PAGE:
As a charity, you won’t need to pay tax on most kinds of income or gains – so long as the money is used for charitable purposes. However, while charities usually have smaller tax bills than other types of organisations, they’re not completely exempt.
It’s important to understand how much tax you need to pay and what the exemptions are so you can run your organisation efficiently and stay in HMRC’s good books. Here’s what you need to know.
What are charities exempt from?
Once you’re registered as a charity, you will be eligible for a number of tax exemptions and discounts on income such as donations, trading profits and investment income.
If tax is deducted from income from donations, you’ll be able to claim that tax back using the online charities service.
Generally speaking, charities are exempt from corporation tax. You won’t need to complete a corporation tax return unless:
- your charity has any taxable income or gains not covered by reliefs or exemptions
- HMRC has specifically asked you to file a corporation tax return.
For example, you may need to pay corporation tax on non-charitable profits, as this may not be exempt.
You’ll also need to file a return if HMRC requests one – even if there is no liability. Otherwise, your charity will incur penalties.
As mentioned, in most cases charities don’t need to pay tax on income used for “charitable purposes” – but what exactly does this mean?
According to the Charities Act, charitable purposes are actions that help the public and further the organisation’s charitable objectives. These objectives can include:
- relieving poverty
- the arts
- human rights
- animal welfare.
Operational expenses such as paying rent and employee wages also further charitable objectives, and so are also exempt.
However, your charity may be taxed on any non-charitable income or activity deemed not directly linked with building the charity or fundraising – unless it falls under the small trade exemption limit.
Small trade exemption limit
The small trade exemption limit is the maximum amount of money a charity can spend on non-charitable purposes before it needs to pay tax on it.
Your charity’s limit depends on its overall annual income, but the maximum ranges from £5,000 for small organisations to £50,000 for larger charities.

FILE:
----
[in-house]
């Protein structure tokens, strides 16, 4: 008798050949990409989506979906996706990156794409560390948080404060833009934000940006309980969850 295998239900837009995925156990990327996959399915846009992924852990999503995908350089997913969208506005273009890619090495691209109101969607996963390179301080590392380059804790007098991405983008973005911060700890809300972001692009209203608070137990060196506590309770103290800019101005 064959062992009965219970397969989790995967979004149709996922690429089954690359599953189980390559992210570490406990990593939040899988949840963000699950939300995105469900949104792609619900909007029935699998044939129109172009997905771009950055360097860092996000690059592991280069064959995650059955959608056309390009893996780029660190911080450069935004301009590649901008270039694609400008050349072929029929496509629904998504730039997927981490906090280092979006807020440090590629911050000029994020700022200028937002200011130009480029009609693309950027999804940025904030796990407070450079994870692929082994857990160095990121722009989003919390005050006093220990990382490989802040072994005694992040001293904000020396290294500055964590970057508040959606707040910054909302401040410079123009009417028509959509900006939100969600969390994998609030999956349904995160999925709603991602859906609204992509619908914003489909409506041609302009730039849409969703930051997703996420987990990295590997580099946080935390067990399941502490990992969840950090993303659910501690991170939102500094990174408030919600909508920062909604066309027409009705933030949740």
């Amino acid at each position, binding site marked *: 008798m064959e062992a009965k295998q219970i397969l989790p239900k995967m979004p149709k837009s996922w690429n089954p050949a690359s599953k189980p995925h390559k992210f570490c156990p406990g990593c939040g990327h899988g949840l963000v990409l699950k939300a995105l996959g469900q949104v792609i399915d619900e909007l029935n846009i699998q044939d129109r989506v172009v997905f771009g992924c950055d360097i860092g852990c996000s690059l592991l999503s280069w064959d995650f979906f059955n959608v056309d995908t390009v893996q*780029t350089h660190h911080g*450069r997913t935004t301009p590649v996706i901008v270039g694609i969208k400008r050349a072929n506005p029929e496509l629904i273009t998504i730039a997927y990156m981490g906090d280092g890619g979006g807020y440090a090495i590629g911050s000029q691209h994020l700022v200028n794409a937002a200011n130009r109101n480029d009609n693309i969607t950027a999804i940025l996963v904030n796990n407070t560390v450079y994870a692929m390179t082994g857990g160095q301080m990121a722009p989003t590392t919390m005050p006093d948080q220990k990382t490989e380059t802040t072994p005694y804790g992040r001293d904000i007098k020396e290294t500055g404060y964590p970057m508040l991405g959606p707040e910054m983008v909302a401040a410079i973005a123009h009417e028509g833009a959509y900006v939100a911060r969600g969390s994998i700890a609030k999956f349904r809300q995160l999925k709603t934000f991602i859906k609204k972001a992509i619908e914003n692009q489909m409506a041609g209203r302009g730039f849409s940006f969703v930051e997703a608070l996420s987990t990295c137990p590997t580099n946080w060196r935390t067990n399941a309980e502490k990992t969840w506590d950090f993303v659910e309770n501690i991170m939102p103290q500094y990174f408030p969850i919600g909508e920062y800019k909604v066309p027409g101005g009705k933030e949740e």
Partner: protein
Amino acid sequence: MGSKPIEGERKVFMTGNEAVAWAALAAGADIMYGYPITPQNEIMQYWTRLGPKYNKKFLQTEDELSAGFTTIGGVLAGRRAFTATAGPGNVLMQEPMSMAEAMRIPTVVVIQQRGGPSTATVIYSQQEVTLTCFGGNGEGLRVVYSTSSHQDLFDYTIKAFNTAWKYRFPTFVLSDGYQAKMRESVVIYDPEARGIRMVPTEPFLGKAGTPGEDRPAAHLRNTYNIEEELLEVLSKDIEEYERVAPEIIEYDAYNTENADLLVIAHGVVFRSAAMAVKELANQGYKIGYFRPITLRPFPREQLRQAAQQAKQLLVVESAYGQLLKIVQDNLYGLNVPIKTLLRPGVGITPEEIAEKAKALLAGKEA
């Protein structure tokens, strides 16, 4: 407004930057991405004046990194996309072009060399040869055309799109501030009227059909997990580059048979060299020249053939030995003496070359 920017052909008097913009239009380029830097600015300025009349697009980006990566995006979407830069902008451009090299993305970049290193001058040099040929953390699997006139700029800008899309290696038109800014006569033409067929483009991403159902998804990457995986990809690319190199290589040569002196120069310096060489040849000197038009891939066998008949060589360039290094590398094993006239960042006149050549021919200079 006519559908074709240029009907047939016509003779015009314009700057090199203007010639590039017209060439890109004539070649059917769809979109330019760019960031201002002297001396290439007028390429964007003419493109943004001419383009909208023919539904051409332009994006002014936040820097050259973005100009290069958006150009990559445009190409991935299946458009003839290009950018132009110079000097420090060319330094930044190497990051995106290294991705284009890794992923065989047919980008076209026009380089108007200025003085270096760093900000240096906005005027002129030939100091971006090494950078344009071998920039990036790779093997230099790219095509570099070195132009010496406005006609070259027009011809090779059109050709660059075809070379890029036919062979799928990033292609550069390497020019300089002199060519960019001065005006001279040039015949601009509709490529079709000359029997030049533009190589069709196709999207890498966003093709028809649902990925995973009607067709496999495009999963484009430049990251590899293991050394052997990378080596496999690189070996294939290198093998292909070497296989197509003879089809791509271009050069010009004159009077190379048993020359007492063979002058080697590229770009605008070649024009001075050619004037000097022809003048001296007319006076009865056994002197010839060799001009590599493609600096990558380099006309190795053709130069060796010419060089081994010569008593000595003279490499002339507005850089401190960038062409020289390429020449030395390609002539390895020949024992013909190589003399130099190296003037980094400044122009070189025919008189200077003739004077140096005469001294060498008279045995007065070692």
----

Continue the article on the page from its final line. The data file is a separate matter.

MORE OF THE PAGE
This means that if you manage your charity finances well, you may not need to pay any tax on your annual income.
When do charities pay tax?
Your charity will need to pay tax on any dividends received from UK companies before April 2016 and on any profits gained from developing land or property.
Purchases are also taxed, but special VAT rules do apply. Charities pay a discounted 5% VAT rate or flat rate on certain goods and services such as construction services, medicine and aids for disabled people.
When it comes to non-domestic buildings, charities need to pay business rates, but do get a generous 80% discount on their bills.
If your charity sells goods and services to customers, you’ll need to pay close attention to all trading activities to ensure you’re making the most of your money.
Because of this, many charities choose to use a subsidiary trading company to trade on their behalf. This is particularly useful if your charity makes a profit higher than the small trading tax exemption limit, or if you want to protect its assets from trading losses.
Making a difference
While charities have access to more generous reliefs and exemptions than other organisations, managing the tax obligations can be complicated. All the admin required to keep on top of everything can eat into valuable time you could be spending on furthering your charity’s mission.
With years of experience providing specialist accounting and taxation services for charities, we’ll help you meet your obligations and claim all the tax reliefs and discounts you’re eligible for. We can manage your accounts as well as help you plan ahead to maximise your savings.
Get in touch with us to find out how to make the most out of your organisation’s money.